Yokohama is the second-largest city in Japan, with a population of over 3.6 million people. The city has been influenced by western culture since its origins in 1859, as it was one of the first places in Japan to allow foreign trade.
In fact, Yokohama was the gateway through which Japan first accepted trade goods like beer, beef, and other Western dishes. This makes Yokohama the birthplaces of Japanese ice cream, napolitan (naporitan), rice casserole, and pudding alamode.
The local gourmet foods of Yokohama have played an integral role in modern Japan. One of the representative cuisines is Gyunabe, a beef hotpot dish that is made with thinly sliced beef, simmered with tofu and vegetables in a soy sauce soup, then dipped in raw beaten egg before eating for a creamier flavour.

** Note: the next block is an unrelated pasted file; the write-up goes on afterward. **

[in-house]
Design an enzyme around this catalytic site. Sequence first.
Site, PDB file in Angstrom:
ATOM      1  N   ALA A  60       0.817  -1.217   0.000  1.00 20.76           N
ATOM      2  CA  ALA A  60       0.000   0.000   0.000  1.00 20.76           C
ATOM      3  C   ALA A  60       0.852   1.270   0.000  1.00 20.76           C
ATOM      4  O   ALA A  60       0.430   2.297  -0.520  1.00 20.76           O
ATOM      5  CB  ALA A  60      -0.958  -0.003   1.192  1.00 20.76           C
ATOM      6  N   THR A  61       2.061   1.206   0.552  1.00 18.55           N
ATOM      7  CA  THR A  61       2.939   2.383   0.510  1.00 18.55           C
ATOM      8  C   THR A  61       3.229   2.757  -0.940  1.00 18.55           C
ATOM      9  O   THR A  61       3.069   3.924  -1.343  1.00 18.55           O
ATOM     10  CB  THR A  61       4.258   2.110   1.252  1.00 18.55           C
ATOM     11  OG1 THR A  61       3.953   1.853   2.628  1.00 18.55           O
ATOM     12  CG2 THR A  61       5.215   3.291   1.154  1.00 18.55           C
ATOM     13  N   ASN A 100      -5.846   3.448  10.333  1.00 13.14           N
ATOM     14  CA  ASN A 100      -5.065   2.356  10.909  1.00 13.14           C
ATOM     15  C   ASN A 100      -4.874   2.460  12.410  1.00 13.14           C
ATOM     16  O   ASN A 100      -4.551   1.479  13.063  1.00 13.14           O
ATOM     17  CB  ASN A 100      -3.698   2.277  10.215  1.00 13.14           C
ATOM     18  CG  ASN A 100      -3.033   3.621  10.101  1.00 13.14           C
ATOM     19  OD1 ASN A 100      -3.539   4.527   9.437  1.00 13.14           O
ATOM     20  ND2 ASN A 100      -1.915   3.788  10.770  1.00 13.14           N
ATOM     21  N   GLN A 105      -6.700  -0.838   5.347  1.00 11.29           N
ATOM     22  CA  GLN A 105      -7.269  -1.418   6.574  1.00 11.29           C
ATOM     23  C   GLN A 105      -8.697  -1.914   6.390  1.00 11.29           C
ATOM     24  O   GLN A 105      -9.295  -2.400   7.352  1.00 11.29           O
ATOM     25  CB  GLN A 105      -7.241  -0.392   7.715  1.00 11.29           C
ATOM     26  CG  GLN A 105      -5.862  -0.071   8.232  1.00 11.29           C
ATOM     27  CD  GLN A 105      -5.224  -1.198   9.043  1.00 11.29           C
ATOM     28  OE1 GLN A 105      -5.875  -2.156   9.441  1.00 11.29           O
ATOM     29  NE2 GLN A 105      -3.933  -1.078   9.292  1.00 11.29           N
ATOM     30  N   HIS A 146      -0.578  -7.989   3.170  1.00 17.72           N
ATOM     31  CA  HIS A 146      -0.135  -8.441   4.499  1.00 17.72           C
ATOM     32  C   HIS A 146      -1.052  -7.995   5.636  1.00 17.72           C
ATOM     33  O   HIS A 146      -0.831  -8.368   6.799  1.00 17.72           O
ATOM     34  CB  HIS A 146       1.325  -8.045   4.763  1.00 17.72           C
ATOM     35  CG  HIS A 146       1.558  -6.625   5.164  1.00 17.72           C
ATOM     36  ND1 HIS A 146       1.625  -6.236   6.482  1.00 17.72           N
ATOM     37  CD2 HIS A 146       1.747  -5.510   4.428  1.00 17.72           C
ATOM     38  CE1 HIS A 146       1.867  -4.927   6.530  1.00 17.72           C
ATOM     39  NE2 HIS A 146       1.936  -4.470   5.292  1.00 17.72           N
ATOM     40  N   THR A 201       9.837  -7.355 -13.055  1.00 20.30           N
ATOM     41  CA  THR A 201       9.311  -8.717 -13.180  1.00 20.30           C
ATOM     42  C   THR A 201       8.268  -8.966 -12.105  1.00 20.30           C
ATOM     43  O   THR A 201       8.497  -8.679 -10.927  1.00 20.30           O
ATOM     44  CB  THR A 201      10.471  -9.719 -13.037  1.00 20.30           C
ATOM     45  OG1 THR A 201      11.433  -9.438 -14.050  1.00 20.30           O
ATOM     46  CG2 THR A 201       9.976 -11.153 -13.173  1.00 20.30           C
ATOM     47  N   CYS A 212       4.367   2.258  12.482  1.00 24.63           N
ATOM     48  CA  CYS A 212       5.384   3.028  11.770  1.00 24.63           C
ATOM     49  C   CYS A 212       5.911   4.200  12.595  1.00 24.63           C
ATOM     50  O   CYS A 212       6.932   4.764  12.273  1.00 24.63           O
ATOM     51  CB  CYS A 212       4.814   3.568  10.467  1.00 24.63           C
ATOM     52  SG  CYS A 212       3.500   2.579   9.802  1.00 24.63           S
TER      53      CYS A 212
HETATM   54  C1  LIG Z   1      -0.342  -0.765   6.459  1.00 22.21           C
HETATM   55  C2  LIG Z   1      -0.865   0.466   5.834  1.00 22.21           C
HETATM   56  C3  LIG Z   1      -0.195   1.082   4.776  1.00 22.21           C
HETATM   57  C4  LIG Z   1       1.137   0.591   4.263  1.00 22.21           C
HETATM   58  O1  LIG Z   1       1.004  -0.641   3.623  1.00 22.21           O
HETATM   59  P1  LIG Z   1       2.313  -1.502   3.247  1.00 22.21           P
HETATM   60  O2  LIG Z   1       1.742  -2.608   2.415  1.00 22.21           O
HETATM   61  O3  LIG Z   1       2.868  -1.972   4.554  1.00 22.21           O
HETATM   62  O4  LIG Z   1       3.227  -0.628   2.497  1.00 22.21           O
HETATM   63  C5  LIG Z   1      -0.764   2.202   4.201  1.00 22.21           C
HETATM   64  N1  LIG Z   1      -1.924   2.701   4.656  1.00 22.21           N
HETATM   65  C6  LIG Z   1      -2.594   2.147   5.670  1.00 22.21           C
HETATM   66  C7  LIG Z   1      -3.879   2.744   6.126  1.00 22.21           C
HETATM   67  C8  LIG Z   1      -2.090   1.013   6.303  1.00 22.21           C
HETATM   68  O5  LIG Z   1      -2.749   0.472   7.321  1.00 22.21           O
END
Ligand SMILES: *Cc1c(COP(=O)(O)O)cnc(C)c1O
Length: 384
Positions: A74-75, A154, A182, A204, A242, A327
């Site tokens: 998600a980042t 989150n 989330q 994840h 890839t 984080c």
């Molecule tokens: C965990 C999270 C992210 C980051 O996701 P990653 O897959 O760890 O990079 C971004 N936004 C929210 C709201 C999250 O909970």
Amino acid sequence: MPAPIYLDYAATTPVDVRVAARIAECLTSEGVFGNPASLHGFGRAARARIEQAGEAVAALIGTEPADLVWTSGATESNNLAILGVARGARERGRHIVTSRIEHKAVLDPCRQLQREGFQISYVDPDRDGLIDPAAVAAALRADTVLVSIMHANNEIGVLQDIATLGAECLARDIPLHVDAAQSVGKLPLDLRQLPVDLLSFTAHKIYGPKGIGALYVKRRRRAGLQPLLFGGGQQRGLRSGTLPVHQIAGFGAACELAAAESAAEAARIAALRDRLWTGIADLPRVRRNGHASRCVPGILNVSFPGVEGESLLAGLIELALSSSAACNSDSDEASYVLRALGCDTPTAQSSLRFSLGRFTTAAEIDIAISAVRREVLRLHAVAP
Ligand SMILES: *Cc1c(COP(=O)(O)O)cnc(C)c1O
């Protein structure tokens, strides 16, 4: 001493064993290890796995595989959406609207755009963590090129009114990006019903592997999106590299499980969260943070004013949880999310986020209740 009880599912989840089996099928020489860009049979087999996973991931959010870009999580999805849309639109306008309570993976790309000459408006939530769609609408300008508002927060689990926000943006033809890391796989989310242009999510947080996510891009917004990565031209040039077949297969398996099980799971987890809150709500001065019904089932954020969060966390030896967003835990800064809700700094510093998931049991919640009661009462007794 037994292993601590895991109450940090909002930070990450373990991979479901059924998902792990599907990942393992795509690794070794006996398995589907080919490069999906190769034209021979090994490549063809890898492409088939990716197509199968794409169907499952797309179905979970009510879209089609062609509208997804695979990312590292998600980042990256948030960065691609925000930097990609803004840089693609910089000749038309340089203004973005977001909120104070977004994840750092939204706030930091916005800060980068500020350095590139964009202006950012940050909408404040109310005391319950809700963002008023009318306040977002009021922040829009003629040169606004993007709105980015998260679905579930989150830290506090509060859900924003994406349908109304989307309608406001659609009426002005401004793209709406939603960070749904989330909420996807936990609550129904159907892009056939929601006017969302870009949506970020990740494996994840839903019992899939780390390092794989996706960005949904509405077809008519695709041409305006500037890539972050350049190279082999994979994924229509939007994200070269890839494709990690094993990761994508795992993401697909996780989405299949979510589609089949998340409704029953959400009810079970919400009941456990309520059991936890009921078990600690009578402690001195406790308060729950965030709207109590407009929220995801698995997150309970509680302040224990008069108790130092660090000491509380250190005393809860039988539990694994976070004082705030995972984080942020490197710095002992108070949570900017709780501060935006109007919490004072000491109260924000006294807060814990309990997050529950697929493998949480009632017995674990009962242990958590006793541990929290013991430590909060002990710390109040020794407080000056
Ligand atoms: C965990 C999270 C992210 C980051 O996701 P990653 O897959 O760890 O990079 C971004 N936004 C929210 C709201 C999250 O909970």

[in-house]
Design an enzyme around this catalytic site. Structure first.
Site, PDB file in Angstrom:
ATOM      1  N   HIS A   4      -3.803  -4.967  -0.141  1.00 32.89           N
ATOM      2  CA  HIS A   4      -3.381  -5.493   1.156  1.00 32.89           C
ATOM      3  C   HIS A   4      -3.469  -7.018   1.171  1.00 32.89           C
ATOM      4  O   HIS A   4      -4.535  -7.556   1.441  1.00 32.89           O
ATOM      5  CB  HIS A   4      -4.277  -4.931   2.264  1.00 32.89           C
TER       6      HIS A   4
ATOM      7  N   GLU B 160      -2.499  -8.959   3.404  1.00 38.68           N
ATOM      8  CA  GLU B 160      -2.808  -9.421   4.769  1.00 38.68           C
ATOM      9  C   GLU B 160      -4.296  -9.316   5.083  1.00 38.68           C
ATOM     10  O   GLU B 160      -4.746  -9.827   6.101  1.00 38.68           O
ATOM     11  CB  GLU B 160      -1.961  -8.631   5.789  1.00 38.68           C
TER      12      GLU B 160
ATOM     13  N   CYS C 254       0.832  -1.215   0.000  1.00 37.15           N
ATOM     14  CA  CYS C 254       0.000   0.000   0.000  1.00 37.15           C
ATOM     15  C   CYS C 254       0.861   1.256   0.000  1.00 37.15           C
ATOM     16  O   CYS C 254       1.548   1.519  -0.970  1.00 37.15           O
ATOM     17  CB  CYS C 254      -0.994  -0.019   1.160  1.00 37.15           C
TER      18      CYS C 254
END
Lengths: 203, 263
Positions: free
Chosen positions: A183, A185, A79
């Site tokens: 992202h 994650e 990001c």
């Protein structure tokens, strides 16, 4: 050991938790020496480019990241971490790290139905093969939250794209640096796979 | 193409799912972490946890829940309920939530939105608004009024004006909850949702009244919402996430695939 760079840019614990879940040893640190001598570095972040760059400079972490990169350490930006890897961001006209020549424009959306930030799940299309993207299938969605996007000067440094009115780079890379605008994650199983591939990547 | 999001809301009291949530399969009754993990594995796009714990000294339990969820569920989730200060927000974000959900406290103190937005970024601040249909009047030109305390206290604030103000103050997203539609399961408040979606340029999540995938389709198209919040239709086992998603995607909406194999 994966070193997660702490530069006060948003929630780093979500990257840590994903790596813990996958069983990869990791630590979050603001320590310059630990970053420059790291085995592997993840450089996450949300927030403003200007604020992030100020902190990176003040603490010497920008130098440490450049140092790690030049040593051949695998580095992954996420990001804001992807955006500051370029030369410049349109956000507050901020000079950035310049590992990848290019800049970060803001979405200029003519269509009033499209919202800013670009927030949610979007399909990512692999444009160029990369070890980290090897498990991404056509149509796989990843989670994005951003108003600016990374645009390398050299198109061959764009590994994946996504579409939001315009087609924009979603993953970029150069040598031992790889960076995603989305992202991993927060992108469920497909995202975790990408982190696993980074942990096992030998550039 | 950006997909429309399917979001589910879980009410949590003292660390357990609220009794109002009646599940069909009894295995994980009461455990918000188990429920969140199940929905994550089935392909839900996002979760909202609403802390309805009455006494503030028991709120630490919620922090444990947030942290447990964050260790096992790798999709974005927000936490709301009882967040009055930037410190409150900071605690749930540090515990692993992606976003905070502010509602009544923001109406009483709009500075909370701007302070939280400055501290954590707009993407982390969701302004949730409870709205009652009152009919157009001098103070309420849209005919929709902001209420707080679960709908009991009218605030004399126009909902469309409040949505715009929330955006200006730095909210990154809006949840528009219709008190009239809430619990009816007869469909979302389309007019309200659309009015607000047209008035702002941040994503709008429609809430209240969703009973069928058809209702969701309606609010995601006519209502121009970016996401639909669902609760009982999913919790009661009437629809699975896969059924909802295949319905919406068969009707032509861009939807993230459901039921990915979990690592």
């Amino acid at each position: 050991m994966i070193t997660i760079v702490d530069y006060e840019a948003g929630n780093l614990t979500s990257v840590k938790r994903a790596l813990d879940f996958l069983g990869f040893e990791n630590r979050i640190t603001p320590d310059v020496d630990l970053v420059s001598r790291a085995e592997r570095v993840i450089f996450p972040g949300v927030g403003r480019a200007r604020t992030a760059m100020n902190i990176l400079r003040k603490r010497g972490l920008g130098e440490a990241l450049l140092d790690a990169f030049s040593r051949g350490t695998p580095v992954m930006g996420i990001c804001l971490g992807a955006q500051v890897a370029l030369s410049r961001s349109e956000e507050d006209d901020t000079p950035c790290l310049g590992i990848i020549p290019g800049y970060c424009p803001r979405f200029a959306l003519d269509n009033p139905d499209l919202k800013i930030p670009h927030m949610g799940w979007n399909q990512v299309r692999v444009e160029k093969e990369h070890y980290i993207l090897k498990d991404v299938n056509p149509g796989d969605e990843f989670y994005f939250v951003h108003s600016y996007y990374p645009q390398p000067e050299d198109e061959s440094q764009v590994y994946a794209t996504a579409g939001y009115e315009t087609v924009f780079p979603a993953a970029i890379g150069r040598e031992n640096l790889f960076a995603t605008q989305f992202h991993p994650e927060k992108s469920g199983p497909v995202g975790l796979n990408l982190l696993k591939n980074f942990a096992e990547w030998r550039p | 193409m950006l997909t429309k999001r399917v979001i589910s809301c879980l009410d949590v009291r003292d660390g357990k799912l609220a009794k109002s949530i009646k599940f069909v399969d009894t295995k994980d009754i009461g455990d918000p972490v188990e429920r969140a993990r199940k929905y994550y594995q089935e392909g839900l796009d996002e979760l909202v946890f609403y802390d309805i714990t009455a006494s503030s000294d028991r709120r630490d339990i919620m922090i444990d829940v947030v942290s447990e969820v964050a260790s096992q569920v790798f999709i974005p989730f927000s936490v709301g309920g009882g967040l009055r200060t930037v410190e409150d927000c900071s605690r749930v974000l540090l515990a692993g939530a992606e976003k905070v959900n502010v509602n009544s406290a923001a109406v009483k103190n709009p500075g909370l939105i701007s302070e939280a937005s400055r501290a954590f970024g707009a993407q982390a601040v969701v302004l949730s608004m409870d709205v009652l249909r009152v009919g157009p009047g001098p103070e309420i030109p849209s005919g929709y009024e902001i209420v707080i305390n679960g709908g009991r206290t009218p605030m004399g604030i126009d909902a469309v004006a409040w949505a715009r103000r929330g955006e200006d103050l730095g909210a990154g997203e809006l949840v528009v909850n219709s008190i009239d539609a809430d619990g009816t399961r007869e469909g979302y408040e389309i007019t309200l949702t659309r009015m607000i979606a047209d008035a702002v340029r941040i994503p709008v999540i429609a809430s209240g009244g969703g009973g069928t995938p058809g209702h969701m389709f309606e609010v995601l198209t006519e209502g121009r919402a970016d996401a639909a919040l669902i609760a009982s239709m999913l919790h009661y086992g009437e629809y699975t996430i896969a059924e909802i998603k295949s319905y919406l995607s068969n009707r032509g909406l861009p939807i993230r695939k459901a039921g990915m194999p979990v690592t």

Yokohama Ramen is known locally as “Ie-kei ramen”. With its thick noodles in a soy flavoured pork broth, it includes several toppings such as roasted pork, boiled spinach, sheets of nori(seaweed) and green onions. Needless to say, it’s very popular!
If you want to taste other regional ramen, the Shin-Yokohama Ramen Museum, near Shin-Yokohama station, offers samples of ramen dishes from many different regions. The museum is stylised to resemble old times, and includes a gift shop as well as restaurants.
Yokohama is also the gateway through which Japan first welcomed western cultures like beer, cocktails, and jazz music. Even today there are plenty of authentic hangouts and bars that centre around these cultures, especially around the areas of “Yoshidamachi”, “Noge” and the “Yokohama station area.”